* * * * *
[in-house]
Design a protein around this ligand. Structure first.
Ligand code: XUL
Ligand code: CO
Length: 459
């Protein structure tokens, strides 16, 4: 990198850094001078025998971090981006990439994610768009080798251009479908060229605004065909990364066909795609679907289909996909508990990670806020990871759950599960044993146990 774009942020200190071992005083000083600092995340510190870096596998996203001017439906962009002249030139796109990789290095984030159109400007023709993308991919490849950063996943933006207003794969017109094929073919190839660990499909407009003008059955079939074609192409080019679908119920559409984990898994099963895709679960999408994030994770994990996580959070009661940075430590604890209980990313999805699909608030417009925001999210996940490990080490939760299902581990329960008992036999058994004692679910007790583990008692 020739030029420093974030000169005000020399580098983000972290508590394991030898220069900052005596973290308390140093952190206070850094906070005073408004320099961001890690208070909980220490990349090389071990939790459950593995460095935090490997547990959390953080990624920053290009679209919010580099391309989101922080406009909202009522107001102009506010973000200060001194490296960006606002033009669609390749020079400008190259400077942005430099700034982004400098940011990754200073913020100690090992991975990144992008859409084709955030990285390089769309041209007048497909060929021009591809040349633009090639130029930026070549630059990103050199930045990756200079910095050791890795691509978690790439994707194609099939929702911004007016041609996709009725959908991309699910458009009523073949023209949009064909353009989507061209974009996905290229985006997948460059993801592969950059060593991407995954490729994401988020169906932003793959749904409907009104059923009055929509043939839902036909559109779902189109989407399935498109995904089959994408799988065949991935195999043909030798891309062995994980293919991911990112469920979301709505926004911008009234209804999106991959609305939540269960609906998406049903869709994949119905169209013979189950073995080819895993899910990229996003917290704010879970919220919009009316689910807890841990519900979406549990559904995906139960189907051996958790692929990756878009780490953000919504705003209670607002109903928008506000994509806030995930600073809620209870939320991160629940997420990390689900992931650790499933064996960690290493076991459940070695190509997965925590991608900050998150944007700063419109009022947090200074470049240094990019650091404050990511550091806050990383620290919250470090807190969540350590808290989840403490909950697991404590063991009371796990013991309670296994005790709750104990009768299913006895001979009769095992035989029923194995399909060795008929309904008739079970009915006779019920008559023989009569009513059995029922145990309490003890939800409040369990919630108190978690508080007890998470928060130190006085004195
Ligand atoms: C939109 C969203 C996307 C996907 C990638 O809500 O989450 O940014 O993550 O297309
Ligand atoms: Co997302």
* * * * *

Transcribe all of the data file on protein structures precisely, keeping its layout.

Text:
[in-house]
Design a protein around this ligand. Structure first.
Ligand code: XUL
Ligand code: CO
Length: 459
């Protein structure tokens, strides 16, 4: 990198850094001078025998971090981006990439994610768009080798251009479908060229605004065909990364066909795609679907289909996909508990990670806020990871759950599960044993146990 774009942020200190071992005083000083600092995340510190870096596998996203001017439906962009002249030139796109990789290095984030159109400007023709993308991919490849950063996943933006207003794969017109094929073919190839660990499909407009003008059955079939074609192409080019679908119920559409984990898994099963895709679960999408994030994770994990996580959070009661940075430590604890209980990313999805699909608030417009925001999210996940490990080490939760299902581990329960008992036999058994004692679910007790583990008692 020739030029420093974030000169005000020399580098983000972290508590394991030898220069900052005596973290308390140093952190206070850094906070005073408004320099961001890690208070909980220490990349090389071990939790459950593995460095935090490997547990959390953080990624920053290009679209919010580099391309989101922080406009909202009522107001102009506010973000200060001194490296960006606002033009669609390749020079400008190259400077942005430099700034982004400098940011990754200073913020100690090992991975990144992008859409084709955030990285390089769309041209007048497909060929021009591809040349633009090639130029930026070549630059990103050199930045990756200079910095050791890795691509978690790439994707194609099939929702911004007016041609996709009725959908991309699910458009009523073949023209949009064909353009989507061209974009996905290229985006997948460059993801592969950059060593991407995954490729994401988020169906932003793959749904409907009104059923009055929509043939839902036909559109779902189109989407399935498109995904089959994408799988065949991935195999043909030798891309062995994980293919991911990112469920979301709505926004911008009234209804999106991959609305939540269960609906998406049903869709994949119905169209013979189950073995080819895993899910990229996003917290704010879970919220919009009316689910807890841990519900979406549990559904995906139960189907051996958790692929990756878009780490953000919504705003209670607002109903928008506000994509806030995930600073809620209870939320991160629940997420990390689900992931650790499933064996960690290493076991459940070695190509997965925590991608900050998150944007700063419109009022947090200074470049240094990019650091404050990511550091806050990383620290919250470090807190969540350590808290989840403490909950697991404590063991009371796990013991309670296994005790709750104990009768299913006895001979009769095992035989029923194995399909060795008929309904008739079970009915006779019920008559023989009569009513059995029922145990309490003890939800409040369990919630108190978690508080007890998470928060130190006085004195
Ligand atoms: C939109 C969203 C996307 C996907 C990638 O809500 O989450 O940014 O993550 O297309
Ligand atoms: Co997302």